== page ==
Because the Holden cars do not use the Active Fuel Management, they decided to take the L76 and strip all the components designed into the engine off – which spawned the L98. This engine is the same as the L76, but the heads do not feature all the components necessary for Active Fuel Management. This engine was never sold in the US but it does however have the square port design that have become a popular design for aftermarket companies to use when casting their own heads. Even GM decided to use them on the Corvette’s new base model engine, the LS3.

The LS3 – the Engine for the Rest of Us

The LS3 block is very similar to the LS2. It does however have a slightly larger displacement increased to 6.2 L. While the head design is the same as the L92, it is what is inside them that counts. GM fills these with hollow stem valves that are a larger diameter than the LS2 for more performance. The LS3 intake manifold is also better flowing and gives the engine more air and mo’ power. This is also engine found in the 2010 Camaro SS.

LS7: All Air Monster

The LS7 is the largest engine offered in the LS street production line up currently at 427 cubic inches. This engine shares little with the other Gen IV engine other the basic design. Everything about the bottom end of the engine is light: light weight rods, pistons, and even the crank is lightened, all for better NA performance. Up top the heads are all unique to this engine, with hollow stem valves and ports that do not share much with the LS3/L92. The list goes on from there as this engine has a strong history in racing and a lot of technology. From the factory this is the best engine from GM for unmodified/un-supercharged performance. I mean the engines are even all hand build. That is something you don’t hear everyday.

Now, that being said. The LS7 is an expensive engine. For my projects, I will go with the LS3 – big power for an everyday price. We have had a few LS3’s come through our shop, and with only a few upgrades such as intake, exhaust, and a cam, they make as much, or more power than the stock LS7.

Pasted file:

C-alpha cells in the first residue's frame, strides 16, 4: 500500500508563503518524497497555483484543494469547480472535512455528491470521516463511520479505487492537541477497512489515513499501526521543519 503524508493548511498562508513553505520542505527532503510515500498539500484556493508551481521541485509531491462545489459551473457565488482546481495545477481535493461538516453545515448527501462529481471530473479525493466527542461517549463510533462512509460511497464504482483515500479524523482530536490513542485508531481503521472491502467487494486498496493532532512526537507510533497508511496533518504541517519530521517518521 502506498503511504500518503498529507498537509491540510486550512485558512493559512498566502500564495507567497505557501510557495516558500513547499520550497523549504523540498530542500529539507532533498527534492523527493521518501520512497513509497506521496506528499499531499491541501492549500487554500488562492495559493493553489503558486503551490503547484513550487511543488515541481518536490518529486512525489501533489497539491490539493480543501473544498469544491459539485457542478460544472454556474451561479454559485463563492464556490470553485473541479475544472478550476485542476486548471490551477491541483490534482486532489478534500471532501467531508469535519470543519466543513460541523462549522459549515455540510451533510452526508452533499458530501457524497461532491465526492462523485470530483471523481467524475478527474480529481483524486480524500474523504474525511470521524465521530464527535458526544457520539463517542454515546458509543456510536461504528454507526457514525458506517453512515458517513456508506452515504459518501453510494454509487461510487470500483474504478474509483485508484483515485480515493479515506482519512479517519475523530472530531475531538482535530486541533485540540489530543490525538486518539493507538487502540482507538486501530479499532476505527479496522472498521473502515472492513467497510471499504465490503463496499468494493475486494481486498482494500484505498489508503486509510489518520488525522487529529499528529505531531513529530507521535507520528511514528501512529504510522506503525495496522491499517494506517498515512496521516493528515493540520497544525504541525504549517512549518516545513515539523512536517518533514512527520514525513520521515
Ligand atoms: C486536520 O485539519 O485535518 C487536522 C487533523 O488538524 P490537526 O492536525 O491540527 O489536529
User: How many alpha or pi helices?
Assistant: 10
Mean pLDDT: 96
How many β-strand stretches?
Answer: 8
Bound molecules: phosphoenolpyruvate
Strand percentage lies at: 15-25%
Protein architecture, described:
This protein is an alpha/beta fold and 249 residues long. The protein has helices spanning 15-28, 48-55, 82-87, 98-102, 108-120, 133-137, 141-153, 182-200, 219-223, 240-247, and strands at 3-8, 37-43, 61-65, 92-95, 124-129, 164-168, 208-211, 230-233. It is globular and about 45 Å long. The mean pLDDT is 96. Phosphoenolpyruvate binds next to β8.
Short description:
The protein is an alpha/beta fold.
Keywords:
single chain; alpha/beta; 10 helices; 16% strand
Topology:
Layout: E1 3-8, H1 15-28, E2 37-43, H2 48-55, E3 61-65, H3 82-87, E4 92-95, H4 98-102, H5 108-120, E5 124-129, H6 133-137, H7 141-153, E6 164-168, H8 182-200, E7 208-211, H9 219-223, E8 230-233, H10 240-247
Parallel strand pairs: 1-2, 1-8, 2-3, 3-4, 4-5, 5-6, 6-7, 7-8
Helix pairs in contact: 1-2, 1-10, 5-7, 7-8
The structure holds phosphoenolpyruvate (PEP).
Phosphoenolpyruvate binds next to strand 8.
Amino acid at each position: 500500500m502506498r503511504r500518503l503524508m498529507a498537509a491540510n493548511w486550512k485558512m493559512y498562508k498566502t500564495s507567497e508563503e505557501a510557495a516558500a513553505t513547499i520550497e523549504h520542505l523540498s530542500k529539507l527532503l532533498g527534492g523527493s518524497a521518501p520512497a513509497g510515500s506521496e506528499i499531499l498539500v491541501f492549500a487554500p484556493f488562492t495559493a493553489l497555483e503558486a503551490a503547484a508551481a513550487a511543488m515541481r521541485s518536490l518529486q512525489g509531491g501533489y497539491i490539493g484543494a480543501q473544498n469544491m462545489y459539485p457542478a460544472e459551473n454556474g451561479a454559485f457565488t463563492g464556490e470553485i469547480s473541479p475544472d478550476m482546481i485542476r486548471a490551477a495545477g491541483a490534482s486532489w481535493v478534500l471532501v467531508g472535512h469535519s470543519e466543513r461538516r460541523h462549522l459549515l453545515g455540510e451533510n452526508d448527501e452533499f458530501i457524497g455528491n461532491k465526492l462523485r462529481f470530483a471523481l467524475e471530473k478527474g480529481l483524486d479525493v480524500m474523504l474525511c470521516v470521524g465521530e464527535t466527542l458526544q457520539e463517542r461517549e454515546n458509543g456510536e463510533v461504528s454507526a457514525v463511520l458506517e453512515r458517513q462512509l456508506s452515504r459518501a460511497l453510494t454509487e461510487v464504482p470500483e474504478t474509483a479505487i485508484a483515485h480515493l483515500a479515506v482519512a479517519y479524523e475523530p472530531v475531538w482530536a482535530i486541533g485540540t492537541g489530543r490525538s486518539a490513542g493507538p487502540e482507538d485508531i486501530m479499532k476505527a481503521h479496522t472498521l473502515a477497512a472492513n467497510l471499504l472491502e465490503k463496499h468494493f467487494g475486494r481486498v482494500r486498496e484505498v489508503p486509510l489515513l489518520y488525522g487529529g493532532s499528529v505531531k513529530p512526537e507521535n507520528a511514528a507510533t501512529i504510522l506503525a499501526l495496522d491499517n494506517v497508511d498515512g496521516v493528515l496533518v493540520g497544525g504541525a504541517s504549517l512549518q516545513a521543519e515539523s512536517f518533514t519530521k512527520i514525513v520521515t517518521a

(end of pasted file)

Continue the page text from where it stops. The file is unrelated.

Now let’s take a look at the supercharged engines in the LS family: LS9 and LSA.

Both LS9 and LSA are 6.2L engines biased on the LS3. Before you think that these motors just have a supercharger slapped on – you’d be dead wrong.

Both are built to be 20% stronger than the LS3 short-block, according to GM, and even have forged (LS9) or hypereutectic pistons (LSA) with oil-spray cooling to handle the pushing power. The heads on these engines are similar to the L98/L76/LS3 heads except that they were slightly redesigned to aid in mix the air/fuel being pumped in by the supercharger.

The difference can also be found in the supercharger. The LS9 has a 4-lobe Eaton 2.3 L supercharger on top, while the LSA has a smaller 1.9 L. Both are the most powerful engines offered in their respective cars, the LS9 in the Corvette ZR1, and the LSA in the CTS-V and hopefully the Camaro Z28 one day.

All-Race Engines

The LS7.R and the LSX are two all-out race engines in the family. Both blocks are both based on the production LS7 engine, but their biggest difference are the material used for casting the block. The LS7.R is aluminum while the LSX is a cast iron. Both are designed for serious horsepower and have proved to be real winners – the LSX block having showed it can support over 2,000 hp in forced induction applications. The LS7.R was developed for Grand Am racing and is not for sale. The C5R block uses many of its design features and is for sale through GM Performance Parts.

In terms of aftermarket use, the LSX has everything that the engine builder would want in an affordable design. However, the LS7.R was developed by Corvette racing for use out on the road course and isn’t even for sale. And just because the LSX was made for racing, doesn’t mean that it wouldn’t work well in a street car. The biggest thing when you look at the C5R vs the LSX is the block design. The C5R is cast using the Gen III design while the LSX uses the updated Gen IV design that provides a stronger block due to the way the water passages are designed. However, if you have an ultra-light NA race car or street car, the C5R probably has it’s place.

I hope this has helped educate you a little bit on the differences between these seemingly similar engine. All of these engines are capable of making huge power no matter what car they are installed in. It just all comes down to what you are doing.

Check out the excellent reference article on Wikipedia about the LS engines.